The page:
Citing health, Smole resigns from council

Thursday, October 14, 2021
File photo

Laura Jo Smole has resigned from the Eureka Springs City Council.

Mayor Butch Berry announced Smole’s resignation at the council’s regular meeting Monday night, reading Smole’s resignation letter to the public. In the letter, Smole writes that she is resigning from her Ward 1, Position 2 seat effective immediately. It’s been an honor to serve the people of Eureka Springs, Smole writes.

“The amazing and diverse community is close to my heart,” Smole writes. “Making this decision was not taken lightly nor without deep reflection. My effectiveness as a council person would not have been possible without the support of the city department and their staff, especially those whose offices are located in City Hall.”

Laura Jo Smole

Berry said Smole resigned for health reasons and will be missed at the council table.

“I know our thoughts and prayers are with her at this time. I hope … this will allow her a chance to sit back and recover,” Berry said.

Council members Harry Meyer and Autumn Slane said they were sad to hear Smole’s news, and Berry described the process of appointing someone to her position. Berry said the council must elect a new member after receiving resumes from interested citizens who live in Smole’s ward. Council member Terry McClung asked if the item could be added to the agenda for the council’s next meeting and city clerk Ann Armstrong said it’s already on there by state law.

“I’m just making a note for the public out there who’s interested and who lives in that area to start thinking about if they would like to be on city council to start putting a resume together and an application and submit it to city hall and we’ll bring it to city council at the next meeting,” Berry said. “Well, we won’t have those ready, but we’ll certainly go through the process.”

“It happens at the next meeting,” Armstrong said.

“We don’t have all the applications by next meeting,” Berry said.

Berry asked city attorney Tim Weaver about the next course of action and Weaver said the council must vote to accept Smole’s resignation before appointing someone to her position.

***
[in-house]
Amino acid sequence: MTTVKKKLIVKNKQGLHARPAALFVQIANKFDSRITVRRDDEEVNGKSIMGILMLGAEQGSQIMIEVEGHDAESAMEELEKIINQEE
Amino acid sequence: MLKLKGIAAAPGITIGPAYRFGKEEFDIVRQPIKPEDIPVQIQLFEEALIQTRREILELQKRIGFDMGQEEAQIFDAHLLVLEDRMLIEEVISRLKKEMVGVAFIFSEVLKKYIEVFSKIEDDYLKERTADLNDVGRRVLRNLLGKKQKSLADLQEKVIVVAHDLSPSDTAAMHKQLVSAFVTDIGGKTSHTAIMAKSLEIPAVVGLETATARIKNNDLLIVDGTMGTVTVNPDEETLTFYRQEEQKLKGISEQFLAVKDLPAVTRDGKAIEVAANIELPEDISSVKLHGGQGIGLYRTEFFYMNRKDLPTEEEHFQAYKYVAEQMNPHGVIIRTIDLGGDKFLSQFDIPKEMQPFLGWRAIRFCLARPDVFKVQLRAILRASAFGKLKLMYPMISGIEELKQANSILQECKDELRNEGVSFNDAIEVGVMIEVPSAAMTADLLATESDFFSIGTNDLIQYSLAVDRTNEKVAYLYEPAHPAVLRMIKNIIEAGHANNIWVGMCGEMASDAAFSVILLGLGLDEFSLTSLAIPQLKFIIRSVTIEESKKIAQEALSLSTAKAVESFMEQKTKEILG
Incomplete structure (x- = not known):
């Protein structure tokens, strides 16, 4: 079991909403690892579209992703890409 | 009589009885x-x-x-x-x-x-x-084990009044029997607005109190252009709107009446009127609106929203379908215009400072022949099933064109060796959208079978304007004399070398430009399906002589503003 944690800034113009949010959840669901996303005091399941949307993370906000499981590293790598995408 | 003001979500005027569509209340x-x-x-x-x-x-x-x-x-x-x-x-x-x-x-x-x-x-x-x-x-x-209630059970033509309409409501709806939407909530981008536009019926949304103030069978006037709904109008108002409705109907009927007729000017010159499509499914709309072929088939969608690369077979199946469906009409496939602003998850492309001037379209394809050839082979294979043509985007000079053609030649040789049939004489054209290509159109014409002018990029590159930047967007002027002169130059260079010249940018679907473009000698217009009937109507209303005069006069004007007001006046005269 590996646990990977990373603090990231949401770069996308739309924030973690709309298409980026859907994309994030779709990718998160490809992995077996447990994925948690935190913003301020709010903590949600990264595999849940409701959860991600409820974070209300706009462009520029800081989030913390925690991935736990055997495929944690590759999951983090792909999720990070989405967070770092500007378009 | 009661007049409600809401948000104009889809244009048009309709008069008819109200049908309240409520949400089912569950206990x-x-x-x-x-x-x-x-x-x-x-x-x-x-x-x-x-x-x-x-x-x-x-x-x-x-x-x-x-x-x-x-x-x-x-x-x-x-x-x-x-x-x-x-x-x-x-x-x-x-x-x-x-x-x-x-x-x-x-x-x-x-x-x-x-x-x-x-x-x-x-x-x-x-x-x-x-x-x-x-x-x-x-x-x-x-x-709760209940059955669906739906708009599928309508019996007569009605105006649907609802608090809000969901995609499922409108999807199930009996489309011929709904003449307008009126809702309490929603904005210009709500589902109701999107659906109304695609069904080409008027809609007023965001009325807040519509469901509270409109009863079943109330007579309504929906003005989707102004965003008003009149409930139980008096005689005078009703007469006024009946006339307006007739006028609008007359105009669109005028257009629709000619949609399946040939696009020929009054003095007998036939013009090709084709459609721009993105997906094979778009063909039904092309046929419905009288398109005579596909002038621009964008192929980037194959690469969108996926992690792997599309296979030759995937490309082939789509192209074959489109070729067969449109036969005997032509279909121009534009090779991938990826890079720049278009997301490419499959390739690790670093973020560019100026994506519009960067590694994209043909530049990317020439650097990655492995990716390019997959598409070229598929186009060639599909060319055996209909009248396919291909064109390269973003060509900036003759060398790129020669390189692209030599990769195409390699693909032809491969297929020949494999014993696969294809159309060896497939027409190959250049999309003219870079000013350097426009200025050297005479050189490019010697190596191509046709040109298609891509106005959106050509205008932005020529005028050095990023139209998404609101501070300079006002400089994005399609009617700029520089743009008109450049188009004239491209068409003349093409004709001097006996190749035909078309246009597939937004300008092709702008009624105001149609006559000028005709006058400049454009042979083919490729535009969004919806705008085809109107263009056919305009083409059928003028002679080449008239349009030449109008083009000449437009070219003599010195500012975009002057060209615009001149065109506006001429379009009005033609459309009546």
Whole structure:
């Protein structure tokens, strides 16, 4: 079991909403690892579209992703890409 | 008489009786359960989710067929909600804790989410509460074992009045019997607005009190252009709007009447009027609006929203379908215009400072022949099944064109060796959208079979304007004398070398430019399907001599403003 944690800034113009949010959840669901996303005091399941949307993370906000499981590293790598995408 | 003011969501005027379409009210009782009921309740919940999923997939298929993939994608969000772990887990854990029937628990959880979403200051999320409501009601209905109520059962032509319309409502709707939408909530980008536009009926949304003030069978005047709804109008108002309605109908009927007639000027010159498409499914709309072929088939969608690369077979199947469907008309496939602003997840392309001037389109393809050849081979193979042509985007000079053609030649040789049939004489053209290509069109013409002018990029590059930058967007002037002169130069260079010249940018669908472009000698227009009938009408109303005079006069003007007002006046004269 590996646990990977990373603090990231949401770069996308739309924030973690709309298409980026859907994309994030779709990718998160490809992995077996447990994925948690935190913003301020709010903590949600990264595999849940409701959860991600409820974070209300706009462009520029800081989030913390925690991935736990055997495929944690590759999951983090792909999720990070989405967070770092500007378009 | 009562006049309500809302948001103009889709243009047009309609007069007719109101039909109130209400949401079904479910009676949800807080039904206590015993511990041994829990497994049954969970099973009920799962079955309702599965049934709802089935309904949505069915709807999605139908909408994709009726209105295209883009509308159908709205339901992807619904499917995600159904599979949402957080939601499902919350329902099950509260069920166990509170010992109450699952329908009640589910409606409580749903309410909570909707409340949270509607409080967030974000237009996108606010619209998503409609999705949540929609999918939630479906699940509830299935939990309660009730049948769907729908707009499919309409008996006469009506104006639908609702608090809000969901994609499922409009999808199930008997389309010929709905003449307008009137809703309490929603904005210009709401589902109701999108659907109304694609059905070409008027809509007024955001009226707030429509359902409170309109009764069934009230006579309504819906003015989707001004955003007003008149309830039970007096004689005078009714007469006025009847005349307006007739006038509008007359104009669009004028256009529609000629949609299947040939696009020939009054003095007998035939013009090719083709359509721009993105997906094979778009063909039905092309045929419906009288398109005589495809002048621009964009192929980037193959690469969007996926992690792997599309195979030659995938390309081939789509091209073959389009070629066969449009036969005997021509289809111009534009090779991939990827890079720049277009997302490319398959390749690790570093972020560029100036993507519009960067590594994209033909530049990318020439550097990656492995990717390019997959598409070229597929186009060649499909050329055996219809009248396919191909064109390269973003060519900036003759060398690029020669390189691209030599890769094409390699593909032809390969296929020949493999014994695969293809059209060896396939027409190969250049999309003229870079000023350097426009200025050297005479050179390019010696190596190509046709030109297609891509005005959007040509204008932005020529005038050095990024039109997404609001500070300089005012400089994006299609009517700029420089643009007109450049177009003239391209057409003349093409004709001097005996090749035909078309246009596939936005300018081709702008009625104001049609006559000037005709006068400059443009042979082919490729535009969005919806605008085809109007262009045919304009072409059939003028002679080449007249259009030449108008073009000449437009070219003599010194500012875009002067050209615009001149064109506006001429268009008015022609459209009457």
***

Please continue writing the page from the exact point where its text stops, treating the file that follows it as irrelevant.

“So at the next meeting, it will be brought up to the council to accept the resignation and at that point there will be two weeks for people to submit … their application,” Berry said.

Also at the meeting, the council held a public hearing for the Eureka Springs Transit System. Transit director Ken “Smitty” Smith said transit was on unsteady ground at the beginning of 2021. The Coronavirus Aid, Relief and Economic Security (CARES) Act was in full swing, Smith said, but the transit system hadn’t received much help from the federal government.

At the time, Smith said, transit’s Arkansas Department of Transportation (ArDOT) point of contact was “slow on the ball” and the reimbursements that were submitted had not been fulfilled. Transit was assigned a new point of contact in January 2021, Smith said, who caught up with the past reimbursement claims so the city could receive those funds.

Starting in June 2020, Smith said, the CARES Act provided 100 percent of the reimbursements for the administration and operating expenses. The funding will continue through December 2021, Smith said. Transit was also granted lost revenue funding, Smith said, after ridership dropped dramatically across the country because of COVID-19.

“The CARES Act provided funding to make up for the lost revenue that we would have probably received through ticket sales,” Smith said. “Through the lost revenue, we were able to recoup $116,058.88. This was done by comparing the total of fare revenue between 2020 and 2019.”

The CARES Act also gave 100 percent of the reimbursements on capital expenses in 2020, Smith said. He said transit ordered two buses and two vans.